I went back and revisited React these last couple of weeks. After my previous experience with my former employer, I felt I knew less than I actually do. And you know what? I may have been right. I find myself learning new things all over again, and I absolutely love it.
One of the things that really caught my attention is the absolute value of reusable components.
Bear with me as you read this - This is my first actual post on here, so I'm a little shaky as to formatting, but I'll give it my all.
I found myself asking that very question. I discovered that I didn't realize the true value of reusable components. But now, while running through some courses on Udemy, it makes sense.
We want to keep code DRY - So it is understandable that you would want to reuse as much of your code as possible, right?
This became apparent to me as I was writing a custom input component. The ability to create a component that literally takes EVERYTHING you can throw at it, and create an input is amazing.
First, You'll have a form component, and an input component. Your input component will take in all the props it needs, and create an input element on your form.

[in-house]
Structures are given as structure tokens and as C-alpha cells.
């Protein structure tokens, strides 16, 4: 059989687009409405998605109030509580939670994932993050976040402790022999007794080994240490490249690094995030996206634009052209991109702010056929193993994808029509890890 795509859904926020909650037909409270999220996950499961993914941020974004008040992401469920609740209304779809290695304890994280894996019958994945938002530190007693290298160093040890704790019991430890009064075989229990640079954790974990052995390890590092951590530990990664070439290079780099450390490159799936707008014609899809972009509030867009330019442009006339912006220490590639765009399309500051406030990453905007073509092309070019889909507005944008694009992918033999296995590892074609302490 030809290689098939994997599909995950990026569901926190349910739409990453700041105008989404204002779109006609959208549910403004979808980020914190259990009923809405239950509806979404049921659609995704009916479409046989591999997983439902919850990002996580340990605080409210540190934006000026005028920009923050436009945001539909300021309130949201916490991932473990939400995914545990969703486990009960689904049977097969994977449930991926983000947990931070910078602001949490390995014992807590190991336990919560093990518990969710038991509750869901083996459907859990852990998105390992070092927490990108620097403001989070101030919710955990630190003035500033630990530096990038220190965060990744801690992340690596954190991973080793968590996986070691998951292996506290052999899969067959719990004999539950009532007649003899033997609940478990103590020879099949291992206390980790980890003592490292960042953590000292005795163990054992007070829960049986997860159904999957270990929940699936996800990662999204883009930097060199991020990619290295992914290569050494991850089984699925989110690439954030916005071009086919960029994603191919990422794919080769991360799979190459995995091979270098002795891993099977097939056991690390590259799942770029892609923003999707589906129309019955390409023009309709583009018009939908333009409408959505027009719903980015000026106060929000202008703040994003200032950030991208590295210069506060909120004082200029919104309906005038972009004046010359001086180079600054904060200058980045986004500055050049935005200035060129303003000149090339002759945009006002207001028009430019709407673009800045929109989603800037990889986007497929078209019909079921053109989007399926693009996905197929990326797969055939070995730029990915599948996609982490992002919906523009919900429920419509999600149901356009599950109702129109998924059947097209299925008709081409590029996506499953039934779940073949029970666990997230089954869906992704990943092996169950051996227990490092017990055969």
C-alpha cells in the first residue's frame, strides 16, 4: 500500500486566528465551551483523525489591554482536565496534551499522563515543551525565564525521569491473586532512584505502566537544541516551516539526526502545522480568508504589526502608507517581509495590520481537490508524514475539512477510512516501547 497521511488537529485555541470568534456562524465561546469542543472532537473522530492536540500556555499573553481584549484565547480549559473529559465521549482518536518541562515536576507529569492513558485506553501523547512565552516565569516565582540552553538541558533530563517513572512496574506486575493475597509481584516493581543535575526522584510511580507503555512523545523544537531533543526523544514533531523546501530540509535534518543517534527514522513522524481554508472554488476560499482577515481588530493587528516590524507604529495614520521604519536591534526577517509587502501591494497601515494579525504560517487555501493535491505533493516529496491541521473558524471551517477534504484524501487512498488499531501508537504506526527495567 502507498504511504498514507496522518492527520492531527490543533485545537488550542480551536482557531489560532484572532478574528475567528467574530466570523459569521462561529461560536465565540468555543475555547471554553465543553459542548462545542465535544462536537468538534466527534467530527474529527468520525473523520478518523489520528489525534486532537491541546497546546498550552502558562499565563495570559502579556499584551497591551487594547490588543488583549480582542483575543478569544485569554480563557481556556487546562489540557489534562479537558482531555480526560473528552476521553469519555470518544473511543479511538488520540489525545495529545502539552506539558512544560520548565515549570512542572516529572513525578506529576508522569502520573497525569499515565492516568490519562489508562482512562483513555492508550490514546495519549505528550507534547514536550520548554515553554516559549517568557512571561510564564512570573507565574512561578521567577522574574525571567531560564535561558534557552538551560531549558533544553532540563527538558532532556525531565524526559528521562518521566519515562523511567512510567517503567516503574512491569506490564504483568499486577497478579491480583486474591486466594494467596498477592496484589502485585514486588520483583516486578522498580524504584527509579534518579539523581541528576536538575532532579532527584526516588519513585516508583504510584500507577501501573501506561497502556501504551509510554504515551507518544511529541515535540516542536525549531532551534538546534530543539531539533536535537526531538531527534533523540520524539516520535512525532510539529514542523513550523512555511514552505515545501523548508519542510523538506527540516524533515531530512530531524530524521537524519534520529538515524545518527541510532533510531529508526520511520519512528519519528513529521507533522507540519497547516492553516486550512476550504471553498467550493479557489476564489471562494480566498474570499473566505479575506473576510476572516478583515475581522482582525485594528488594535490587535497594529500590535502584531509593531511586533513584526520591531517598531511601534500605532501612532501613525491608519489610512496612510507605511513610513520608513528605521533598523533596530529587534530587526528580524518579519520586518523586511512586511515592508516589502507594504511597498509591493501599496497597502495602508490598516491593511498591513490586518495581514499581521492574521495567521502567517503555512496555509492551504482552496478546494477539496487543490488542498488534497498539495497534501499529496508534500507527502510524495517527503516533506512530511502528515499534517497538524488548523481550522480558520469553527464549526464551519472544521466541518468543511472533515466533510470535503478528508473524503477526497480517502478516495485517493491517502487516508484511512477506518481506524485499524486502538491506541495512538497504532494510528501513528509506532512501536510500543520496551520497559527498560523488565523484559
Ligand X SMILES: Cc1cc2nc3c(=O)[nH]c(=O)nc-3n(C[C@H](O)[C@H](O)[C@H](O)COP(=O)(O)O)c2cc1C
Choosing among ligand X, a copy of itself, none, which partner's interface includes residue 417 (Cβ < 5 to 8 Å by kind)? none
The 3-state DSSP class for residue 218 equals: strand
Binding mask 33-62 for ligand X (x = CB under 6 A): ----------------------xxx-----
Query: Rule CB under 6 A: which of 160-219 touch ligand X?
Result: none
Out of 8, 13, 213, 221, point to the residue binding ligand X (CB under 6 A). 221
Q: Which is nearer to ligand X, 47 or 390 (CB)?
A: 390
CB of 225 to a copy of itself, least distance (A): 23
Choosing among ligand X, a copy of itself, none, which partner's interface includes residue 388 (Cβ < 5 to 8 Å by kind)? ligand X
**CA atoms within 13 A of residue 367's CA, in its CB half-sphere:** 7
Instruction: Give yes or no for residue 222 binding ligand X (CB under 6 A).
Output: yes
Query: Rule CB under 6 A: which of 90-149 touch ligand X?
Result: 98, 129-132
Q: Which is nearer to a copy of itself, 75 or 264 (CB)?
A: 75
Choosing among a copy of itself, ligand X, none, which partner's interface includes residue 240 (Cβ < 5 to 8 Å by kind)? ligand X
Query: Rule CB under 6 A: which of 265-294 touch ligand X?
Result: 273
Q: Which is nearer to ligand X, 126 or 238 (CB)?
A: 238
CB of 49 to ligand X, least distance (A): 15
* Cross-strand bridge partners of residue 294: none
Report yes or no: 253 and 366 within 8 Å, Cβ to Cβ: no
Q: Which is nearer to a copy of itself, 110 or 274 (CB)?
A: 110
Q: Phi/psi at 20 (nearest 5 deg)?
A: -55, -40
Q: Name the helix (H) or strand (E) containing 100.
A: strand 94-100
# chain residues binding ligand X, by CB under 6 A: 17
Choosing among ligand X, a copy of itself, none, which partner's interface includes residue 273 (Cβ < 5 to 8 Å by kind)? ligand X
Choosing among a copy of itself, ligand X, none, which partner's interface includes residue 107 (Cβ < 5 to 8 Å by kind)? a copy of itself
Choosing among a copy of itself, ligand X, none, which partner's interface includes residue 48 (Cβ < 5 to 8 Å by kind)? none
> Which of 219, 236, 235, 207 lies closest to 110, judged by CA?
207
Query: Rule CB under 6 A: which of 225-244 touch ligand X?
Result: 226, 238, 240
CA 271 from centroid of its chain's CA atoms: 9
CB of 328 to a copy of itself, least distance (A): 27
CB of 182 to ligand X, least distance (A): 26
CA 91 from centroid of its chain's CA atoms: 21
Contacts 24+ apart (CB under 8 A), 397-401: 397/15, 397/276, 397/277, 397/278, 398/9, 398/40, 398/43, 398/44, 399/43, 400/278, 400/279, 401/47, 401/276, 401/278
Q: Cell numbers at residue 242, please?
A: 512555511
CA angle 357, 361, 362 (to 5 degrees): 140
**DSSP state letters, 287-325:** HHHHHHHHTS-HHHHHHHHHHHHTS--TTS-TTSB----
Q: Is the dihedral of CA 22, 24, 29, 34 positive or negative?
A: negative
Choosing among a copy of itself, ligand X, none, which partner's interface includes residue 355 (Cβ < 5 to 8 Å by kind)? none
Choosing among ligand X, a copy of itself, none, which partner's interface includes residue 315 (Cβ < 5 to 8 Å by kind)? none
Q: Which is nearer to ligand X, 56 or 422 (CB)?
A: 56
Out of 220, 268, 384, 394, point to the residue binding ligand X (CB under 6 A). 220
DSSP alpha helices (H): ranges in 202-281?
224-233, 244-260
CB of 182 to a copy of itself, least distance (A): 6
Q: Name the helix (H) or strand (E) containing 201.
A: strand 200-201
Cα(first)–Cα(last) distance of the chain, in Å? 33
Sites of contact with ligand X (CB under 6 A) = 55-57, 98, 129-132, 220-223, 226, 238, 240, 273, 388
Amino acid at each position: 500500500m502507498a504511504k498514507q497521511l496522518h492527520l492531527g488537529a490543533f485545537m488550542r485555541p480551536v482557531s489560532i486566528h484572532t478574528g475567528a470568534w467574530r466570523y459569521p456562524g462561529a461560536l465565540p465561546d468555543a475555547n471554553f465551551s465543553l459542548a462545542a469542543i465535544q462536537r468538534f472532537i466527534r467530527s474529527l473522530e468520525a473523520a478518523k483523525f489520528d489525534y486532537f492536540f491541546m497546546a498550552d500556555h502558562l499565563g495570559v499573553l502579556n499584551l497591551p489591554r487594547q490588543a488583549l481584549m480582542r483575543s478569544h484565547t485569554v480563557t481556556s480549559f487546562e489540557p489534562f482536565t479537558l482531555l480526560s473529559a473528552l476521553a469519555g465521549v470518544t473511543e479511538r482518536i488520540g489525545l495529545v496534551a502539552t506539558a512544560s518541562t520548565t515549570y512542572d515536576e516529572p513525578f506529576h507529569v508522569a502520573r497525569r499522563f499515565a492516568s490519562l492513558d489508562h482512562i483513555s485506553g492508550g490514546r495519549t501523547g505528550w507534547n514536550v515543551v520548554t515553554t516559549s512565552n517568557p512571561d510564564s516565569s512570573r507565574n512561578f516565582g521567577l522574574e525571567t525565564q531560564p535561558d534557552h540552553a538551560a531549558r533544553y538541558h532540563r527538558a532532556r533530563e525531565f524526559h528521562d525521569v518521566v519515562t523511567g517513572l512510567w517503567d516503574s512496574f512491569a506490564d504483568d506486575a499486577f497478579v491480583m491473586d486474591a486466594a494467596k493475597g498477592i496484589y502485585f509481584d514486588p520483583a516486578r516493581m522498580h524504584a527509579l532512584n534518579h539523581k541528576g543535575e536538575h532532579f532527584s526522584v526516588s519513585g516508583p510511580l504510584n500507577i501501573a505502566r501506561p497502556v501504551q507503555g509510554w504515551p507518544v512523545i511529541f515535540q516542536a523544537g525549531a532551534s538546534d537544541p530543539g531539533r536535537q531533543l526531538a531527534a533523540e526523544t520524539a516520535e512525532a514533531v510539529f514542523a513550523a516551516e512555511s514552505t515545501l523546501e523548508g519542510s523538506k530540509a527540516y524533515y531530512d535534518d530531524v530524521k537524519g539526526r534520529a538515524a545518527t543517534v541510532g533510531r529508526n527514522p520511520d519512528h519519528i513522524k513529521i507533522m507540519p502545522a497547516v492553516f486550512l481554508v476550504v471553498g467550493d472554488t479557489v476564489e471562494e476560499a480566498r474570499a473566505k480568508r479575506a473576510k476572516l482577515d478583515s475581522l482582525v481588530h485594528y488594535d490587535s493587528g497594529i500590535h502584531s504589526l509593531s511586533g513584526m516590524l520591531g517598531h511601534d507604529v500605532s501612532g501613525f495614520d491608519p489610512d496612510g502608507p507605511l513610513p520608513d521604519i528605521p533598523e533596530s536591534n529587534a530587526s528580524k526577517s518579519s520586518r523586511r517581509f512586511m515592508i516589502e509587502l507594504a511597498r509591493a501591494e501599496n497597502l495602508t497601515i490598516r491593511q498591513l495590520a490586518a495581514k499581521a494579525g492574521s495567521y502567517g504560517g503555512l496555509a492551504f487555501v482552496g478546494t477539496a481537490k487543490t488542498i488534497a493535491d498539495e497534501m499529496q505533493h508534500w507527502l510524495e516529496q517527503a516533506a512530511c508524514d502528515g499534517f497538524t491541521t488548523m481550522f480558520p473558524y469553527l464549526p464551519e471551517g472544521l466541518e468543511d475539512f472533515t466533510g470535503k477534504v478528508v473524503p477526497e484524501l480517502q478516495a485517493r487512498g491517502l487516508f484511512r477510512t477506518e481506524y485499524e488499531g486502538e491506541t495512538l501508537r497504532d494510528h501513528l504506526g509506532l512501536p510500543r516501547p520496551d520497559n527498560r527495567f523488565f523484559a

But wait, if I create a single input element, what if the properties change?
That's what caught me off guard. I had NO CLUE that you could spread out props like this, just like you could anywhere else.
So, we have our form, and our input component. What exactly does that look like?
Well, it looks like this:
Looks pretty standard, right? I didn't understand it until it was explained to me in plain English (or, programmer English, take your pick:)
Remember, on the input component, we are calling props.input.xxxx right? so if we create a property called "input" that is essentially an object with key/value pairs, it will interpret that object as individual properties on the form element. So in essence, we are creating an input that looks like this (Sorry, you don't get an image for this one..)
<input id="amount" type="number" min="1" max="5" step="1" defaultValue="1" />
It's the exact same thing.
So now, we can have a single input component across our entire application that will create an input of ANY kind, without rewriting a ton of code. Ok, I know it's not a TON of code, but the lesser the lines the better, right?
Like I said, this is my first time writing here, and forgive any formatting errors, I just wanted to show this amazing little trick I learned today to all you newer devs out there still getting your feet wet with React.